Well into my second week of my holiday, I finally got to paddle my Valley Sirona. We were touring Devon and Cornwall, in the campervan, and had worked our way to the end at Sennen Cove, then worked our way along the north coast of Cornwall. We were now beginning to make our way back home via Looe and Bigbury. Despite the great weather there had been a fair swell on the north coast, accompanied by a very strong wind. Consequently the only boating I had managed, up until now, was in my surf Kayak. I was well and truly beaten to a pulp at Sennen Cove and made some good some short runs in Trevone bay. They were short runs due to the number of speed bumps (people) in the water. But finally a day came where the wind dropped and I was able to set off from Millendreath, heading for Looe. The tide was ebbing, not that it was noticeable.
I entered Looe harbour and battled hard against the outgoing tide, which was fairly strong. Just inside the harbour wall there were even some small waves formed, due to the speed of the current here. I happily jumped on and surfed these waves, gaining their assistance, as I ferry guided and eddy hopped my way up the narrow harbour channel. It wasn't for long though as the harbour channel soon opens out into the main harbour in the main part of town. Passing one fishing boat, the fisherman looked at my boat and said something like [in a strong Cornish accent], "that looks a fine capable craft, right proper job". I answered with the obligatory "yarp", smiled and waved as I made my way past. From the water, Looe harbour looks very pretty in the sunshine.
Leaving Looe I decided I may as well head for Polperro. I did a fair bit of rock hopping as I made my way past Hannafoe Beach. This brought back memories of my first ever scuba dive that I did here a long time ago. It was a rubbish dive with the regulator hardly working and me struggling for air. The instructor insisted it was fine. Now, having subsequently learnt to dive properly, with proper equipment, I know the reg was faulty. The instructor was well out of order. I seem to remember being sick into his regulator for good measure. Not a good start and rather surprising I carried on scuba diving.
Passing St Georges Island the wind and tide were against each other and the waves became rather big and sporty. Hmmm.. perhaps I should have called this paddle into the coastguard. But it wasn't long and I was passed the island and things returned to normal. It's a beautiful coastline to paddle along with lots to see. Up on some of the cliffs and bays were some stunning properties, and all the while you can see glimpses of people walking on the Coastal path.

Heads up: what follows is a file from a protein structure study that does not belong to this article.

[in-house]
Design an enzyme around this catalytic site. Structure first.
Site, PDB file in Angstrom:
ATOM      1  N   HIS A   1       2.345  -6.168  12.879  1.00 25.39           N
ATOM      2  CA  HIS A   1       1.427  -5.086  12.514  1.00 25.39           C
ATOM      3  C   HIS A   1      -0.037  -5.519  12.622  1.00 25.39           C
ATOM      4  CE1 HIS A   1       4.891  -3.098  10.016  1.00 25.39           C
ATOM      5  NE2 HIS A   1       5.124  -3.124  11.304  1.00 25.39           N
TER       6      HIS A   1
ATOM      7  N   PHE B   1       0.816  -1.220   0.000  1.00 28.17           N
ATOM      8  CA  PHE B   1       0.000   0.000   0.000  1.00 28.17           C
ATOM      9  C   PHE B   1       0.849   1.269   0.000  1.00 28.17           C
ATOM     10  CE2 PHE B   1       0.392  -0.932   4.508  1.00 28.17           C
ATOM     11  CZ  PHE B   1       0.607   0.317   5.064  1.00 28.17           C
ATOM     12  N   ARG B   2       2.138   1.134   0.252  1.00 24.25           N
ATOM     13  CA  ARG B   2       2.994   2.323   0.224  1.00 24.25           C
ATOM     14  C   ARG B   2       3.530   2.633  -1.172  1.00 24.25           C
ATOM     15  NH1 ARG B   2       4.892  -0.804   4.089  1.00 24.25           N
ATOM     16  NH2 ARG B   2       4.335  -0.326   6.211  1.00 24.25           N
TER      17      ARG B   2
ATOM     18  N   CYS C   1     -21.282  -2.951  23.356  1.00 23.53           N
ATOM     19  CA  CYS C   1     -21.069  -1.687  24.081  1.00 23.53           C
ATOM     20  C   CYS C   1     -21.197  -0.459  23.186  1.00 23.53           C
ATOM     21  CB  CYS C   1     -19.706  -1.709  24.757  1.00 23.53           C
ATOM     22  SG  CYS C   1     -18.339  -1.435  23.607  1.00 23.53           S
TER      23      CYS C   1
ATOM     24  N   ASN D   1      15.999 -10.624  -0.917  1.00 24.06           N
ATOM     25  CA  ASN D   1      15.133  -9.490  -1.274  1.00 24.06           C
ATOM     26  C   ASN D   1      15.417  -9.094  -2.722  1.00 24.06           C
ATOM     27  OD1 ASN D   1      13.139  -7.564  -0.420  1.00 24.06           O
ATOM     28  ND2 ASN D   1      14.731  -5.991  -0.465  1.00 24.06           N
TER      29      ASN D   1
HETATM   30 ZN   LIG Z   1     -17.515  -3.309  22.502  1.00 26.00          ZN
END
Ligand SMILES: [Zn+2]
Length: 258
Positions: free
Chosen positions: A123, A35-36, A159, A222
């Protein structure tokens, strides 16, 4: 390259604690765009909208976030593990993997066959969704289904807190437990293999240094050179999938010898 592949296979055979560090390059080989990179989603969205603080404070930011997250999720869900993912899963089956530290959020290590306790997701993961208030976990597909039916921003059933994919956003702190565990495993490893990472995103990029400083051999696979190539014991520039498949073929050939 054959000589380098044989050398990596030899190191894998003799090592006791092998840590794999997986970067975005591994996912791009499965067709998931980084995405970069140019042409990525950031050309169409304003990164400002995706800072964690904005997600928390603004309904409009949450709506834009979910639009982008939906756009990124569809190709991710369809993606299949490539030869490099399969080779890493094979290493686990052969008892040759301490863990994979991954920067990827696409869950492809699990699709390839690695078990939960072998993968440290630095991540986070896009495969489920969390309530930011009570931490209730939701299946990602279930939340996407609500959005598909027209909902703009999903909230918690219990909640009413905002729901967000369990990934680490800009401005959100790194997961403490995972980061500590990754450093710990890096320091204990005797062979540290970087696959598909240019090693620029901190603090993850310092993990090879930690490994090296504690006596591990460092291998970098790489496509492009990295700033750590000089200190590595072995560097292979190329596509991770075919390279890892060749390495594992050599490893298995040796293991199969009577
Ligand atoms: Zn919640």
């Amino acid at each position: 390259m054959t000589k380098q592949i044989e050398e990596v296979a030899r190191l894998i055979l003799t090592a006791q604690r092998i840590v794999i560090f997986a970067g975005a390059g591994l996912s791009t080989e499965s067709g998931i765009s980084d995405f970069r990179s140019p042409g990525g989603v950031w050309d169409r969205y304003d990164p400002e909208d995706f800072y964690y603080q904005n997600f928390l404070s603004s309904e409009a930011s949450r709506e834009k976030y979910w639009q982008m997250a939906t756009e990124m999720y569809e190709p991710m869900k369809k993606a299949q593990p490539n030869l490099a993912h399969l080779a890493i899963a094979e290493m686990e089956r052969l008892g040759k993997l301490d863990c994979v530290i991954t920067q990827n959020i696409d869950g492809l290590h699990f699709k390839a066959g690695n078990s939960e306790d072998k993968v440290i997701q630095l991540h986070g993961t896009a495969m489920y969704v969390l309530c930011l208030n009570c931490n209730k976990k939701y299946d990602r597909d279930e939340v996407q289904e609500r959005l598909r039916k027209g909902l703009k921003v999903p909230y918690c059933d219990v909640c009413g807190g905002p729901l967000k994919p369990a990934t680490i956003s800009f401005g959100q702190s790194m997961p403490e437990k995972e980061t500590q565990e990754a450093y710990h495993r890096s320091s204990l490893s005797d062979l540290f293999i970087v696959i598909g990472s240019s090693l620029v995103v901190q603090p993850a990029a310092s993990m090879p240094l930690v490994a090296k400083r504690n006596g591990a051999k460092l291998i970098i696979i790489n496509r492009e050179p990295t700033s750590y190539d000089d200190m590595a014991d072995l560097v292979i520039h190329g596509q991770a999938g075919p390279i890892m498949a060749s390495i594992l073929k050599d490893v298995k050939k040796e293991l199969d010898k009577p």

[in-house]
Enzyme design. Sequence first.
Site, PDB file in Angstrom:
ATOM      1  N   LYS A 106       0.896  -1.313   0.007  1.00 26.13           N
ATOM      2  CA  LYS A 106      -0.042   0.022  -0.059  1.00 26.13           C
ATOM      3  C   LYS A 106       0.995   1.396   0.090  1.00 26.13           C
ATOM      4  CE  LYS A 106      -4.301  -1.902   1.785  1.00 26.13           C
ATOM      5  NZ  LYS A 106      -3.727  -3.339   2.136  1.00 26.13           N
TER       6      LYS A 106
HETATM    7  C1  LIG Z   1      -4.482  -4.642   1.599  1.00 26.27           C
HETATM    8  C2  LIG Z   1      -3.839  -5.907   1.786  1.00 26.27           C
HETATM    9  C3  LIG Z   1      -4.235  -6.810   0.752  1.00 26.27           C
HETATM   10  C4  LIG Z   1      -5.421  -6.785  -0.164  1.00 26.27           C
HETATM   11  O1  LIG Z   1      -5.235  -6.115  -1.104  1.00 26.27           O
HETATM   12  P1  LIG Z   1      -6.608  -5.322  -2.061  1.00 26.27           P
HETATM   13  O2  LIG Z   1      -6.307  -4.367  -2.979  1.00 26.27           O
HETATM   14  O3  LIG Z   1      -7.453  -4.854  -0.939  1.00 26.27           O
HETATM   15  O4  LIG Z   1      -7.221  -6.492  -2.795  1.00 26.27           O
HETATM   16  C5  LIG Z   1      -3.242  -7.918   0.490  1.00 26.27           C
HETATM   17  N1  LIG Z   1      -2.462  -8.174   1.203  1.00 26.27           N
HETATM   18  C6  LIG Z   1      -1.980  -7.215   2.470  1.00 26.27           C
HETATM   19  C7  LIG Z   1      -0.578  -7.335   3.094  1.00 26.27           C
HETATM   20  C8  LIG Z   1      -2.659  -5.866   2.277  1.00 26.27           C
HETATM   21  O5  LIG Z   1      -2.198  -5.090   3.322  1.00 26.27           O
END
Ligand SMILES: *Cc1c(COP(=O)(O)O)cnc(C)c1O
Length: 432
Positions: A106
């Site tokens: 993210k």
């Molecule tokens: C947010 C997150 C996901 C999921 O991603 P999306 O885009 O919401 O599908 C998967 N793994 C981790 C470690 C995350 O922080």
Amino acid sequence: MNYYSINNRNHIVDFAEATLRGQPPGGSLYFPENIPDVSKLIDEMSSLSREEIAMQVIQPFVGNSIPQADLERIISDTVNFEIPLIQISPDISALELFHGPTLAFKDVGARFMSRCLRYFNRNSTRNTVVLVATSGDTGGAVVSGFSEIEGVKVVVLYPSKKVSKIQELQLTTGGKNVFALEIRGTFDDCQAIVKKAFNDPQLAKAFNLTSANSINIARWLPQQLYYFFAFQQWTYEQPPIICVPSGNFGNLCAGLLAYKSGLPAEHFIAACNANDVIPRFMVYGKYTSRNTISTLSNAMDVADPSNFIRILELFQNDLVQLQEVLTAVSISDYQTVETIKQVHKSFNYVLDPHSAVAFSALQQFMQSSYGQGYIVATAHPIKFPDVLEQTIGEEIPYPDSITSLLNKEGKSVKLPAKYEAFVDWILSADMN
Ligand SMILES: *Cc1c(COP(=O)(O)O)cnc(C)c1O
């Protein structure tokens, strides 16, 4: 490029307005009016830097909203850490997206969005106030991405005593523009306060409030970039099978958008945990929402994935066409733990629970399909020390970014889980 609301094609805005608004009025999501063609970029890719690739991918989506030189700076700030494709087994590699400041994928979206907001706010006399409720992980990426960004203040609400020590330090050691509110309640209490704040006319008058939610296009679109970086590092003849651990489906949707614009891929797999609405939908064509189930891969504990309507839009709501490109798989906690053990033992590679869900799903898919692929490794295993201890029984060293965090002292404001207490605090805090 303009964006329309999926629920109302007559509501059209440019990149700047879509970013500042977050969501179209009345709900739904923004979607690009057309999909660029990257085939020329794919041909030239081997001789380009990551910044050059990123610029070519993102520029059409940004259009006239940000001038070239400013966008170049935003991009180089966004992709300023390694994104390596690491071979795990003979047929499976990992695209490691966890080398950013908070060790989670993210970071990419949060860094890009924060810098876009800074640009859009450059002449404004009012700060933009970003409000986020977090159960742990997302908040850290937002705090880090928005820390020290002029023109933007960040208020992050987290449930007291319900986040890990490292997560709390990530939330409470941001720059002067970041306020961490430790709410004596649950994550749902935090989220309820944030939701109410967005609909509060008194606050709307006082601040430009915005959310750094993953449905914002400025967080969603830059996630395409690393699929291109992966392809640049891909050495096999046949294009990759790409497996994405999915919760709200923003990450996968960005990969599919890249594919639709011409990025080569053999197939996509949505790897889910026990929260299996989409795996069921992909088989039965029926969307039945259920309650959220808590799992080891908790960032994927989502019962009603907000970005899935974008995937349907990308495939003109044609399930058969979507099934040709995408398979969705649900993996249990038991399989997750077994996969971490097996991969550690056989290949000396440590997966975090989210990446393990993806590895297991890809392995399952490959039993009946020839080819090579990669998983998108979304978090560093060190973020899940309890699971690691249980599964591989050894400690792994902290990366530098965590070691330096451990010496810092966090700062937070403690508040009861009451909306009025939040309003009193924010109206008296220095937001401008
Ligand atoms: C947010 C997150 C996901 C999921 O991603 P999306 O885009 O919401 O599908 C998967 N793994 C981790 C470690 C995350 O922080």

Polperro soon appeared and I went into the slowly drying harbour in search of a pasty. The pasty shop man told me it was quiet now, "It's the end now" he told me. I wondered what he meant at first, the end of Brexit? the world? No the end of summer of course.
Pasty consumed (and very nice too!) and it was back to the boat. I didn't stay long in Polperro, I much preferred the solitude of being on the sea, rather than in the busy touristy streets with people milling about.
Heading back I decided to go around St Georges Island. From the sea it looked like you could sneak under a little bridge to save going around a large rocky outcrop on the south of the island. I paddled up to it, but the state of the tide was too low. There was nothing for it but to head back out and go around. I stopped in the weeds near the Cottage on the island and had a rest and took some pictures (blobs of water on the lens doesn't help).
From here back to Millendreath it was only a short paddle back, so I paddled out and fished for a bit with out any luck. A good job too as my wife had bought some fresh fish from Looe Fish Market (she has no faith in my fishing abilities, I don't understand why!).
A great paddle